Web applications employ several different encoding schemes for their data. Both the HTTP protocol and the HTML language are historically text-based, and different encoding schemes have been devised to ensure that unusual characters and binary data can be safely handled by these mechanisms. When you are attacking a web application, you will frequently need to encode data using a relevant scheme to ensure that it is handled in the way you intend. Further, in many cases you may be able to manipulate the encoding schemes used by an application to cause behavior that its designers did not intend.
URLs are permitted to contain only the printable characters in the US-ASCII character set — that is, those whose ASCII code is in the range 0x20–0x7e inclusive. Further, several characters within this range are restricted because
they have special meaning within the URL scheme itself or within the HTTP protocol.
The URL encoding scheme is used to encode any problematic characters within the extended ASCII character set so that they can be safely transported over HTTP. The URL-encoded form of any character is the % prefix followed by the character’s two-digit ASCII code expressed in hexadecimal. Some examples of characters that are commonly URL-encoded are shown here:
%0a new line
%00 null byte
Unicode is a character encoding standard that is designed to support all of the writing systems used in the world. It employs various encoding schemes, some of which can be used to represent unusual characters in web applications.
16-bit Unicode encoding works in a similar way to URL-encoding. For transmission over HTTP, the 16-bit Unicode-encoded form of a character is the %u prefix followed by the character’s Unicode code point expressed in hexa- decimal. For example:
UTF-8 is a variable-length encoding standard that employs one or more bytes to express each character. For transmission over HTTP, the UTF-8 encoded form of a multi-byte character simply uses each byte expressed in hexadecimal and preceded by the % prefix. For example:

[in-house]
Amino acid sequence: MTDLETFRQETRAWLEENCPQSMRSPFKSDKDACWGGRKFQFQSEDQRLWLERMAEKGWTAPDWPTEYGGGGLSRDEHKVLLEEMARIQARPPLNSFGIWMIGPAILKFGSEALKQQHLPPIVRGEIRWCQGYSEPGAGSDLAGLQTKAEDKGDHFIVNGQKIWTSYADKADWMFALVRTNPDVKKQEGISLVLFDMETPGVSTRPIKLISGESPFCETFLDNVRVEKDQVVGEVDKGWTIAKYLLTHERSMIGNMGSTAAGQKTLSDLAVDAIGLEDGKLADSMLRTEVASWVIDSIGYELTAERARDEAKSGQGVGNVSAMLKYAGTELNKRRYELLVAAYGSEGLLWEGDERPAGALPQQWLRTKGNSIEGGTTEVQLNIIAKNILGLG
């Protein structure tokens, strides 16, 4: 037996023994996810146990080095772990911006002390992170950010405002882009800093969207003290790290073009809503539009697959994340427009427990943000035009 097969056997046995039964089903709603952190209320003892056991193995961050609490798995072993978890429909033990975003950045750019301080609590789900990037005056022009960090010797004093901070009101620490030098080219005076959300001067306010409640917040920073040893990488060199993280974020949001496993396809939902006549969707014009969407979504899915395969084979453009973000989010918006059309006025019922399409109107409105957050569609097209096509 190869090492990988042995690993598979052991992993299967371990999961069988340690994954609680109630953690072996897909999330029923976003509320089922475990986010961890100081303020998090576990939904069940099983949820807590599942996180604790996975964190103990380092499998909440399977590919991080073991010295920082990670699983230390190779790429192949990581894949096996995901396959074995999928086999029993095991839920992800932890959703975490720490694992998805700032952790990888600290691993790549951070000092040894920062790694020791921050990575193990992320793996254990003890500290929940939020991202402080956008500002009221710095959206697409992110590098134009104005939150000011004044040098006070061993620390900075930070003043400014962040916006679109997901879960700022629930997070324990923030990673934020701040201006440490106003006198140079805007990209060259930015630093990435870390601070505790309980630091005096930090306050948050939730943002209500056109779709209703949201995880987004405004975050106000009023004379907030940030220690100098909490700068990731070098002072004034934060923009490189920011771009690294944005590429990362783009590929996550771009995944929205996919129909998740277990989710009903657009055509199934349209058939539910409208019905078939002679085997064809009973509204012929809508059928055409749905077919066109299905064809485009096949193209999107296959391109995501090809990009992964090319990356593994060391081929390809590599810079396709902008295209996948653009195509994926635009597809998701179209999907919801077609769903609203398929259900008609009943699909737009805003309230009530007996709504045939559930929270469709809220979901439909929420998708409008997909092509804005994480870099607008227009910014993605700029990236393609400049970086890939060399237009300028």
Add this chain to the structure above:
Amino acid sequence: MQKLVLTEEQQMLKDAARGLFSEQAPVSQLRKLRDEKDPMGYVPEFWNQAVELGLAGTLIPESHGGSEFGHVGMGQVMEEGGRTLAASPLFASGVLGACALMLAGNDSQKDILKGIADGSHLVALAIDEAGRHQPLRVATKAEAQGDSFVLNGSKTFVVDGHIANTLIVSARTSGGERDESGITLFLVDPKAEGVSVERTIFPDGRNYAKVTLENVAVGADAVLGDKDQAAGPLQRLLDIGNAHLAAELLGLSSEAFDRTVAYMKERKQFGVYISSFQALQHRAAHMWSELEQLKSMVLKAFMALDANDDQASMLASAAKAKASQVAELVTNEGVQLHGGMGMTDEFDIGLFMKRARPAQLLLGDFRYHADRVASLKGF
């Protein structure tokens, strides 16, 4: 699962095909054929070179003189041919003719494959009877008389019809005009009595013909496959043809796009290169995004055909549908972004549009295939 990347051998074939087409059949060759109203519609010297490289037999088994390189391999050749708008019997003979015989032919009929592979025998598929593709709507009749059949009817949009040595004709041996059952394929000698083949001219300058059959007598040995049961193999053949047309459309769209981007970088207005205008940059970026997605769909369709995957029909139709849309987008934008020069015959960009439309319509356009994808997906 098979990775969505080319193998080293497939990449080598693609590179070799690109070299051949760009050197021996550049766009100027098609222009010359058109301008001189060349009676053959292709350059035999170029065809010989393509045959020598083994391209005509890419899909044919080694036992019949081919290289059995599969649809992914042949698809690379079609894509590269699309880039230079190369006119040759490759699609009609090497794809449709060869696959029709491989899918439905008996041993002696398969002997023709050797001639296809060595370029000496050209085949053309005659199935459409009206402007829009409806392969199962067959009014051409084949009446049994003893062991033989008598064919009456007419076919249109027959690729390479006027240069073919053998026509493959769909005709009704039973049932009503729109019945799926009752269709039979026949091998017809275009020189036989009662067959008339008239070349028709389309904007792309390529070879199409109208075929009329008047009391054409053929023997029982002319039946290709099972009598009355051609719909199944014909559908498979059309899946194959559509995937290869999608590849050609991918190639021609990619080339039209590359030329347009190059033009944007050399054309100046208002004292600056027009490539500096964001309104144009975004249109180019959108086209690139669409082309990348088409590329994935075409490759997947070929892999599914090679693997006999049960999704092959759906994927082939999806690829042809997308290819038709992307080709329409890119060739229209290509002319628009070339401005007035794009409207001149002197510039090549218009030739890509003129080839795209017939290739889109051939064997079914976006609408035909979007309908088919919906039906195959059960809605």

For the purpose of attacking web applications, Unicode encoding is primarily of interest because it can sometimes be used to defeat input validation mechanisms. If an input filter blocks certain malicious expressions, but the component that subsequently processes the input understands Unicode encoding, then it may be possible to bypass the filter using various standard and malformed Unicode encodings.
HTML encoding is a scheme used to represent problematic characters so that they can be safely incorporated into an HTML document. Various characters have special meaning as meta-characters within HTML and are used to define the structure of a document rather than its content. To use these characters safely as part of the document’s content, it is necessary to HTML-encode them. HTML encoding defines numerous HTML entities to represent specific literal characters, for example:
In addition, any character can be HTML-encoded using its ASCII code in decimal form, for example:
or by using its ASCII code in hexadecimal form (prefixed by an x ), for example:
When you are attacking a web application, your main interest in HTML encoding is likely to be when probing for cross-site scripting vulnerabilities. If an application returns user input unmodified within its responses, then it is probably vulnerable, whereas if dangerous characters are HTML-encoded then it is probably safe.
Base64 encoding allows any binary data to be safely represented using only printable ASCII characters. It is commonly used for encoding email attachments for safe transmission over SMTP, and is also used to encode user credentials in basic HTTP authentication.
Base64 encoding processes input data in blocks of three bytes. Each of these blocks is divided into four chunks of six bits each. Six bits of data allow for 64 different possible permutations, and so each chunk can be represented using a set of 64 characters. Base64 encoding employs the following character set, which contains only printable ASCII characters:
If the final block of input data results in less than three chunks of output data, then the output is padded with one or two = characters. For example, the Base64-encoded form of The Web Application Hacker’s ebook is:
Many web applications make use of Base64 encoding for transmitting binary data within cookies and other parameters, and even for obfuscating sensitive data to prevent trivial modification. You should always look out for, and decode, any Base64 data that is issued to the client. Base64-encoded strings can often be easily recognized from their specific character set and the presence of padding characters at the end of the string.
Many applications use straightforward hexadecimal encoding when transmitting binary data, using ASCII characters to represent the hexadecimal block. For example, hex-encoding the username “daf” within a cookie would result in:
As with Base64, hex-encoded data is usually easy to spot, and you should always attempt to decode any such data that the server sends to the client, to understand its function.
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